IG reported that although visual observations were occasionally limited due to cloud cover, ash-and-steam and ash plumes from Tungurahua were seen and rose to altitudes of 5.5-8 km (18,000-26,200 ft) a.s.l. during 2-8 January. Plumes drifted NW and W. Ashfall was reported in areas to the W and SW during 3-4 and 7-8 January.
On 1 January, ash emissions were continuous and incandescent blocks rolled down the flanks. Roaring noises and “cannon shots” were heard, and the ground and windows vibrated in areas to the NNE and NNW. On 3 January, the seismic network recorded a high number of explosions. Some explosions caused acoustic waves similar to “cannon shots” that vibrated windows in areas to the W and NW. These explosions ejected incandescent blocks from the summit crater that rolled 500 m down the flanks. On 4 January, “cannon shots” were again noted as far as 13 km away; this caused large windows to vibrate in areas to the W and glass to break in Puñapí. Explosions vibrated the ground in one town and generated ash plumes that rose to an altitude less that 6 km (19,700 ft) a.s.l. During 5-8 January, roaring noises and “cannon shots” continued; windows and floors vibrated as far as the Tungurahua Observatory (OVT) in Guadalupe, about 13 km NW, on 6 January.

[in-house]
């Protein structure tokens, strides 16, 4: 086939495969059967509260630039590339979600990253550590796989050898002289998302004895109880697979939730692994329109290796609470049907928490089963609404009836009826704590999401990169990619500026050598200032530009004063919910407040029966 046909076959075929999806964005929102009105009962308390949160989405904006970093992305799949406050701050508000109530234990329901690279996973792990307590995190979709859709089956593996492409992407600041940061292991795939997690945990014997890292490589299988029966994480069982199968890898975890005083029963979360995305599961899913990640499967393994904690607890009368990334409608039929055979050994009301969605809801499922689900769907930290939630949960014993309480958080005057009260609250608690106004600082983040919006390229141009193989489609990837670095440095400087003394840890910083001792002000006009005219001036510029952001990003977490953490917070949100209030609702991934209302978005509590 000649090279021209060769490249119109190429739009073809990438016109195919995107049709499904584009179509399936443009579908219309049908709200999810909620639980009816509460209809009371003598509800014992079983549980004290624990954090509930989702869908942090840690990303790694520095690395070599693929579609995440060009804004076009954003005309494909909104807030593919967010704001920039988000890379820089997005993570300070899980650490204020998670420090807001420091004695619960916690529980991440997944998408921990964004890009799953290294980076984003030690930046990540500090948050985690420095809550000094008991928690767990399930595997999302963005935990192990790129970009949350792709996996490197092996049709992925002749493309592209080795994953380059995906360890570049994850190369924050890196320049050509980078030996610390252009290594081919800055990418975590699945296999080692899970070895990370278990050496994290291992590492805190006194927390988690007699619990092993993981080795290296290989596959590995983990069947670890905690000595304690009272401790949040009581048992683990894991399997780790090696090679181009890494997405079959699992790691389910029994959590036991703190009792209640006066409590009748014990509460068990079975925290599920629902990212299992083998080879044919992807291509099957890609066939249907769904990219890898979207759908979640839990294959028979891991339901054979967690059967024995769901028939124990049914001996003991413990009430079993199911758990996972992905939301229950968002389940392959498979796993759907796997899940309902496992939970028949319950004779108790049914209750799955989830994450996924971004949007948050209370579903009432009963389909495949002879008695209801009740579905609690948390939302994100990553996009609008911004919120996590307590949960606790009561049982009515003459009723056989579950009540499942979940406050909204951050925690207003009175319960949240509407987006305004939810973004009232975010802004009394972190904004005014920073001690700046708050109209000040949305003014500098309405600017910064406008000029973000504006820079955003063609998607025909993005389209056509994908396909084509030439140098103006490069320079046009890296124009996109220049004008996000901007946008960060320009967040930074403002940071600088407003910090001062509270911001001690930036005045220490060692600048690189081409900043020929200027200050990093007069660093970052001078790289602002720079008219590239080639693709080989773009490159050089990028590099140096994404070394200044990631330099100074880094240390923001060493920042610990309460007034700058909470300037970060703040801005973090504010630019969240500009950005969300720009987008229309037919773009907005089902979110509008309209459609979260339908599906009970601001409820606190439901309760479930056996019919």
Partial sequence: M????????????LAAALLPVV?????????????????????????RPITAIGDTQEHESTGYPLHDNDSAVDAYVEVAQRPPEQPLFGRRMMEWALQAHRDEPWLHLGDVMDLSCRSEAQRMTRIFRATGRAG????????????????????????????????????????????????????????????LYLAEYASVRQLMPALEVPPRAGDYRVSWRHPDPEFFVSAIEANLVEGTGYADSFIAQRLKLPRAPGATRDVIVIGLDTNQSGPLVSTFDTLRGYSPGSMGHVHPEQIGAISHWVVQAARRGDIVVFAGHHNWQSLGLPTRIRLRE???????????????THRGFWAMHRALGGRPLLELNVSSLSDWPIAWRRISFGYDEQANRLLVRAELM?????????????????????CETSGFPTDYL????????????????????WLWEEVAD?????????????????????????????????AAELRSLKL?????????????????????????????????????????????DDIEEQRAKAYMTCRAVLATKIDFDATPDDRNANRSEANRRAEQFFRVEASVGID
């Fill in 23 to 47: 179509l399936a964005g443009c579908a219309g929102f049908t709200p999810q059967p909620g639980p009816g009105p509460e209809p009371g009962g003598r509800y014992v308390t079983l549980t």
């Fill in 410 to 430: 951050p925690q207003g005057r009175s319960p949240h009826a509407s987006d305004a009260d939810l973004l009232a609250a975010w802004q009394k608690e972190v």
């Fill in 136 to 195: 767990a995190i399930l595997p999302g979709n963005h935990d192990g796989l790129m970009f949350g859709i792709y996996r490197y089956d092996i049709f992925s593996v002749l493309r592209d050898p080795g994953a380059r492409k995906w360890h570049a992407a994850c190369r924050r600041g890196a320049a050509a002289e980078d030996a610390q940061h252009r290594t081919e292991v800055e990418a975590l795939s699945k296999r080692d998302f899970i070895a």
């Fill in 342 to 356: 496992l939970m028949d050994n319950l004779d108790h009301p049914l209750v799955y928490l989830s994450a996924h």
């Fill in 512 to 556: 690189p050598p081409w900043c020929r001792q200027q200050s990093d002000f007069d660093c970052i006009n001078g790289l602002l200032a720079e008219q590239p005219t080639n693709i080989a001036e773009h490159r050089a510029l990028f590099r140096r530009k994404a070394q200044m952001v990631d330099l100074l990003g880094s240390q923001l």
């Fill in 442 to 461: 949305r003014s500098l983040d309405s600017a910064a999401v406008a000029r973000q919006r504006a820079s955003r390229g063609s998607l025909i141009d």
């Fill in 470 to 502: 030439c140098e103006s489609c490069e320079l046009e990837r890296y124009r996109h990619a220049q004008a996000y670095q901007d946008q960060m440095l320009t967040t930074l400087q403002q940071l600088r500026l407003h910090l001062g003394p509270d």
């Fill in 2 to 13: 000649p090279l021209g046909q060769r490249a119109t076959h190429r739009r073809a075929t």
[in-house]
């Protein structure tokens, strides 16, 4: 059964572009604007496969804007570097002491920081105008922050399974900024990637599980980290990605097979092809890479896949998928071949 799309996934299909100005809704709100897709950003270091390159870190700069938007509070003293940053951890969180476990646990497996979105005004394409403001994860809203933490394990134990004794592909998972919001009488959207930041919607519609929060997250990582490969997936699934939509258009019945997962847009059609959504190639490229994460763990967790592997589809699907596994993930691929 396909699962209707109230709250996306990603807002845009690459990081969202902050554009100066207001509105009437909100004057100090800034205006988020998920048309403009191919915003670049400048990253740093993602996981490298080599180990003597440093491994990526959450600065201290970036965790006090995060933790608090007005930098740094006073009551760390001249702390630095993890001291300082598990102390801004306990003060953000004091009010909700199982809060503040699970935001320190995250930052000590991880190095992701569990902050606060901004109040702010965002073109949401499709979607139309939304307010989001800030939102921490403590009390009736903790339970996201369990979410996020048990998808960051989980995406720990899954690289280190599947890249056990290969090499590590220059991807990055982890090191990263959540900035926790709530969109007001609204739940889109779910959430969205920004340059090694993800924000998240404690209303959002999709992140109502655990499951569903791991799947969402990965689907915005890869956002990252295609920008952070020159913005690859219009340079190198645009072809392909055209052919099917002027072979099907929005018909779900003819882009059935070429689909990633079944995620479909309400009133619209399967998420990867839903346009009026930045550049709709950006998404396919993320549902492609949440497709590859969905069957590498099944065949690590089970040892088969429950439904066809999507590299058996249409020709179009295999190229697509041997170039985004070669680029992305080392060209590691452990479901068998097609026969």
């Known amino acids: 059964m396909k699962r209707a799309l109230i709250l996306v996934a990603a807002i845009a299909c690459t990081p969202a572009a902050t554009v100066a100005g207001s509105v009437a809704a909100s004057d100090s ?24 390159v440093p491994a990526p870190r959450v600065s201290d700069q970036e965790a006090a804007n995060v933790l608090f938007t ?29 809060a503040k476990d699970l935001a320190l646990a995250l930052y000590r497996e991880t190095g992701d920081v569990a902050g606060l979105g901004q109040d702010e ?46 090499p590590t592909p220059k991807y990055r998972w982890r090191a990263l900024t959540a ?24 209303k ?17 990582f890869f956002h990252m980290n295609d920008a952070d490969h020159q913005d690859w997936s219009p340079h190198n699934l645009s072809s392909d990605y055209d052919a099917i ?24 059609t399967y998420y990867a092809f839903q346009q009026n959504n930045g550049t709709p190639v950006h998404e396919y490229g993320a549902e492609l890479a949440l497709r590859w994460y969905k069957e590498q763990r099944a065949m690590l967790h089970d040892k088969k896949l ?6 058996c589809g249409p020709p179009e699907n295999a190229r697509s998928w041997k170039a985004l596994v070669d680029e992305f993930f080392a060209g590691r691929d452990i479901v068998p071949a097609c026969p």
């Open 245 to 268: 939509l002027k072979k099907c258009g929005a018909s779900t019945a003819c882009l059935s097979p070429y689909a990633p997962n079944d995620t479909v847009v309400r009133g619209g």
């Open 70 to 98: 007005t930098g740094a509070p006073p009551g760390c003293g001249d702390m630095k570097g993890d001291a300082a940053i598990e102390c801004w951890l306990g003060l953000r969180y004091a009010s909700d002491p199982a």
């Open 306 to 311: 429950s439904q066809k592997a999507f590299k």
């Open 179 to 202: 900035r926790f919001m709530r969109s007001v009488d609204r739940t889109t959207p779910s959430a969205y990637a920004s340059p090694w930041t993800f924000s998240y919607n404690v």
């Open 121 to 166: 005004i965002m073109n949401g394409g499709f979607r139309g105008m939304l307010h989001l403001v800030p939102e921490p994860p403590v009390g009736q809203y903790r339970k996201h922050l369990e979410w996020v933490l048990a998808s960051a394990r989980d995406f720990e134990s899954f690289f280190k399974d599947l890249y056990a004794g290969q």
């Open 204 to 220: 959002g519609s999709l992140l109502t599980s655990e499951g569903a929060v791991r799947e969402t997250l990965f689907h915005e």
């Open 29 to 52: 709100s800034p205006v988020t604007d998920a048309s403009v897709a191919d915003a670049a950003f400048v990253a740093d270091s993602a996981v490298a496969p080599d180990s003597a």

According to news articles, nearly 1,000 people were evacuated on 6 January to spend the night in evacuation shelters. They were allowed to return to their villages in the daytime to tend to homes, crops, and animals.
Sources: Instituto Geofísico-Escuela Politécnica Nacional , Associated Press – “Reports provided courtesy of the Smithsonian’s Global Volcanism Program and the US Geological Survey’s Volcano Hazards Program.”